New Delhi (NVI): The international community is today observing the World Ozone Day (WOD) marking the 35 years of the Vienna Convention for the protection of the ozone layer.
This year’s theme for the World Ozone Day 2020 is “Ozone for life: 35 years of ozone layer protection”.
The year 2020 has been one of many catastrophes, from a global pandemic, natural disasters, raging fires that wreaked havoc with the environment. The importance of preserving and restoring our environment has never been more significant. In order to not add complications in the ozone layer to the list, we must all do our parts for the preservation of the stratospheric layer.
Simply put, life on Earth will not be possible without sunlight, but the energy emanating from the sun is too harmful for anything to survive, when in direct contact with it. The ozone layer is a stratospheric layer that acts as a shield for the earth, protecting it from the sun’s harmful ultraviolet radiation.
The ultraviolet radiation or UV rays emitted by the sun have the potential to cause skin cancer and cataract. These harmful rays also cause significant damage not only to humans but also to plant and marine life.
In 1970, when scientists first discovered the hole in the ozone layer, it was a matter of grave concern. They raised the alarm and informed people on how to best reduce their carbon emissions which are the leading cause for harm to the ozone layer.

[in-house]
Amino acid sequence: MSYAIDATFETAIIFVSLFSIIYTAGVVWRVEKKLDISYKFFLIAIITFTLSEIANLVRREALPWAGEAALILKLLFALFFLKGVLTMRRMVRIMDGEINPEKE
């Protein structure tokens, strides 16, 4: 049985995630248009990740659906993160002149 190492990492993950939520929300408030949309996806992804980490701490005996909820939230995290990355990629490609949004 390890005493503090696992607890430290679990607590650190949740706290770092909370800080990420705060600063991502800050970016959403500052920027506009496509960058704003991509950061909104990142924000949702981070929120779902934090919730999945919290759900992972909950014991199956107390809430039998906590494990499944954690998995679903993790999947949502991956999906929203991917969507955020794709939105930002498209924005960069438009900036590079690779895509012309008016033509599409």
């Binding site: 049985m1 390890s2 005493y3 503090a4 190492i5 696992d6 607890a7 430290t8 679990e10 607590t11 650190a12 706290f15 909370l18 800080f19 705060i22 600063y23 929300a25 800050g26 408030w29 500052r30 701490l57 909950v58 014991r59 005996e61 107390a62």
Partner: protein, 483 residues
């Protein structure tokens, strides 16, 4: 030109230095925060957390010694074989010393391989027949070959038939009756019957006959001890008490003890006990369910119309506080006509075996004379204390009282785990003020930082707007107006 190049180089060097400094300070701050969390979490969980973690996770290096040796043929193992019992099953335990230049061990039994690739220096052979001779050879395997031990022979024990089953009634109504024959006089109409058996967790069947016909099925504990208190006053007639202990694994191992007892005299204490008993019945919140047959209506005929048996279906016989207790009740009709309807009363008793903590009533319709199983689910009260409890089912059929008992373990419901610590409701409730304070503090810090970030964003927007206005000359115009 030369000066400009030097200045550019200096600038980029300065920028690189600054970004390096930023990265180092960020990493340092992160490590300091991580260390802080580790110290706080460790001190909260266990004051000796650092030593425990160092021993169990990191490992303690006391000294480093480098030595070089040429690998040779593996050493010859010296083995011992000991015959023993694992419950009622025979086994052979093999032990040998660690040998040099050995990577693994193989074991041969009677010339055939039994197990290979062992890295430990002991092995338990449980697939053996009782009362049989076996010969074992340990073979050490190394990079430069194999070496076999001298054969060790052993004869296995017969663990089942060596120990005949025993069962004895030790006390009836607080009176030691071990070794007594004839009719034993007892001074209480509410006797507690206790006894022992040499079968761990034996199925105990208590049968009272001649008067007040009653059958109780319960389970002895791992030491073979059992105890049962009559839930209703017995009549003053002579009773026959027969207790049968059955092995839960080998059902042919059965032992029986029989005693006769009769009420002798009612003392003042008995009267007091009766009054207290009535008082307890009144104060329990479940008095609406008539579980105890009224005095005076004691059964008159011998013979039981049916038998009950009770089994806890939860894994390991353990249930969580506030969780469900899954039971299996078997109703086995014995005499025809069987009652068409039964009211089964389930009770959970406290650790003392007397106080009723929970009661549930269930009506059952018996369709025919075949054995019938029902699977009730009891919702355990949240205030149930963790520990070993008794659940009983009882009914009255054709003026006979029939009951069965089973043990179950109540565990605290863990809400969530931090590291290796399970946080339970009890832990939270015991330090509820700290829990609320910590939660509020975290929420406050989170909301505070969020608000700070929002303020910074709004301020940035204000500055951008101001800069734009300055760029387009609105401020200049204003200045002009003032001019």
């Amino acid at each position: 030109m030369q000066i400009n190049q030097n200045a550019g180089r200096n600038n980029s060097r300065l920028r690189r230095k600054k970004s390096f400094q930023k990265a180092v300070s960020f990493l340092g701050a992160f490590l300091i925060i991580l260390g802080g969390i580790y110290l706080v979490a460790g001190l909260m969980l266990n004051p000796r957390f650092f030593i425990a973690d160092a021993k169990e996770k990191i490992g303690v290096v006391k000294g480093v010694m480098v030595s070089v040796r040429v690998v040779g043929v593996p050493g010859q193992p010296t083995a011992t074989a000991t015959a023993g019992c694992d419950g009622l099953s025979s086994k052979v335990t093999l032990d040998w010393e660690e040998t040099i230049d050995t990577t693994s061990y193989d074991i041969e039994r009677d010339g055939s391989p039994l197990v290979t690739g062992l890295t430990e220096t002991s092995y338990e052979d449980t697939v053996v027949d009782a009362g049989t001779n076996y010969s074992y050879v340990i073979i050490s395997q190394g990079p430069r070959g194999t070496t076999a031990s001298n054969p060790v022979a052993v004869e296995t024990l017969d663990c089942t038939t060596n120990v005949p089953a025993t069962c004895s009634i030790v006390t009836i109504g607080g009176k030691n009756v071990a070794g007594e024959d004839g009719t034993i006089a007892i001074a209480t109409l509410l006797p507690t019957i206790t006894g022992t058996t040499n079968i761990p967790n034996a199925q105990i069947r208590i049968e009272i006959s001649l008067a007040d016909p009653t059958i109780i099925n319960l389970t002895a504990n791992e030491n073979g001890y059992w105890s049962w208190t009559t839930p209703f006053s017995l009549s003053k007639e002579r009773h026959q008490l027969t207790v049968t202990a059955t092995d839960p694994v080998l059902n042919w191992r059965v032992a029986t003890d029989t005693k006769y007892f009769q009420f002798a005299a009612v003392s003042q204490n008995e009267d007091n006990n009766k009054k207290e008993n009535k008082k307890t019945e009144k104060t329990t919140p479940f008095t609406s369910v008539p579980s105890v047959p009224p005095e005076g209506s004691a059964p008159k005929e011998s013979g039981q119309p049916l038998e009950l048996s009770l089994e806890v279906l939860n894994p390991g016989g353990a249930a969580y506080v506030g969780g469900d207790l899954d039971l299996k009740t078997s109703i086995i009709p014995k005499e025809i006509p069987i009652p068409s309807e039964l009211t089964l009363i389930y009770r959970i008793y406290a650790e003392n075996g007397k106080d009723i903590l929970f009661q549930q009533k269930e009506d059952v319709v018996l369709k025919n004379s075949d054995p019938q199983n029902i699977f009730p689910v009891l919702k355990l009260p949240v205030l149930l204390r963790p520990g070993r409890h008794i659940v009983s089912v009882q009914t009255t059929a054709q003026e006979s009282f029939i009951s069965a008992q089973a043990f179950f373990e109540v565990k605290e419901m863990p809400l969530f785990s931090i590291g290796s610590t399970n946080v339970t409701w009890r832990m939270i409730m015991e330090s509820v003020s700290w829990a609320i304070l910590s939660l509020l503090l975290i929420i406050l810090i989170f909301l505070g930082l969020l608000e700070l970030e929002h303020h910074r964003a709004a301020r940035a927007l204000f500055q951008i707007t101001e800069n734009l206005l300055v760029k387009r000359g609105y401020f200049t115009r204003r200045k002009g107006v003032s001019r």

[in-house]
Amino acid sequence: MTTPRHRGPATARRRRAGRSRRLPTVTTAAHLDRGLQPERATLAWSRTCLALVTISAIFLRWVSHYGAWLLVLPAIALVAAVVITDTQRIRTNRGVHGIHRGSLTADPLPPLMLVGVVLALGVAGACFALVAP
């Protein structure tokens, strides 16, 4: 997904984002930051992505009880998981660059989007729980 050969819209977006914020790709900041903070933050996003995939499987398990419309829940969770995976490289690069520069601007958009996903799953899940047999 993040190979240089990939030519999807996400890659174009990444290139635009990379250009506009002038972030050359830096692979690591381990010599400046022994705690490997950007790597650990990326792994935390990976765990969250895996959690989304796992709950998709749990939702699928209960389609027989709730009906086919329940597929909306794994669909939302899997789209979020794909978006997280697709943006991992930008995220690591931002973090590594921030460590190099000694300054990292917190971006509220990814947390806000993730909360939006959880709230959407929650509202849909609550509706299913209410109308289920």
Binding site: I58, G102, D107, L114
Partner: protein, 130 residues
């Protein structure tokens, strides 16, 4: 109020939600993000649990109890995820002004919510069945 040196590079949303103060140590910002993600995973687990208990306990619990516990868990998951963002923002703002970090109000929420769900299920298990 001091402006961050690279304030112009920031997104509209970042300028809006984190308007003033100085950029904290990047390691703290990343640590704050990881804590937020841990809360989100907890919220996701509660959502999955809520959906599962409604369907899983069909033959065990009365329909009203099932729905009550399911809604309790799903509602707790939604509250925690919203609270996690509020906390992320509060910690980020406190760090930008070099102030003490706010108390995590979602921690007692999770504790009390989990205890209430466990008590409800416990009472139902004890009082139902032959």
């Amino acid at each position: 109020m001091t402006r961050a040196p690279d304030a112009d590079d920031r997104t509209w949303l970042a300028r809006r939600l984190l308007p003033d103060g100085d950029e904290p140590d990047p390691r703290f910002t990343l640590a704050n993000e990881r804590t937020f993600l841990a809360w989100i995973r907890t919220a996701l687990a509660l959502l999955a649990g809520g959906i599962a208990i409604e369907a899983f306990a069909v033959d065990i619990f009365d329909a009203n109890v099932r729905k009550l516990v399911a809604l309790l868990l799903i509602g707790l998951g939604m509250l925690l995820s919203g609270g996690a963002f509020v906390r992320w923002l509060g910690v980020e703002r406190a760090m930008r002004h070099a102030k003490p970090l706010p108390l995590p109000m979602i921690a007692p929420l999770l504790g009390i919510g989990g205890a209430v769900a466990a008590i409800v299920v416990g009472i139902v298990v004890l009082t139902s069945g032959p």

With this in mind, the world’s governments banded together and formed the Vienna Convention in 1985. Under the convention, they established the Montreal Protocol which dictated that governments, scientists, and industries work together and cut out 99% of all ozone-depleting substances.
According to the United Nations Environment Programme (UNEP), the ozone layer is recovering and expected to return to pre-1980 values by mid-century all thanks to the Montreal Protocol.
Meanwhile, supporting the Montreal Protocol, the Kigali Amendment, which came into force in 2019, will work towards reducing hydrofluorocarbon (HFCs) and greenhouse gases that have climate-warming potential and are damaging to the environment.
Inger Anderson, Executive Director of UNEP, said, “This convention and its Montreal Protocol united the world to cut out the gases creating a hole in the planet’s ozone layer, critical in shielding us against deadly UV radiation. This model of international cooperation has put the ozone layer on the road to recovery, protecting human and ecosystem health. Such cooperation demonstrates that when people work together, they can fix problems on a global scale.”
“We need this unity of purpose more than ever, as we seek to address nature loss, climate change and pollution in the wake of the COVID-19 pandemic and the discussions on the replenishment of the multilateral fund,” she added.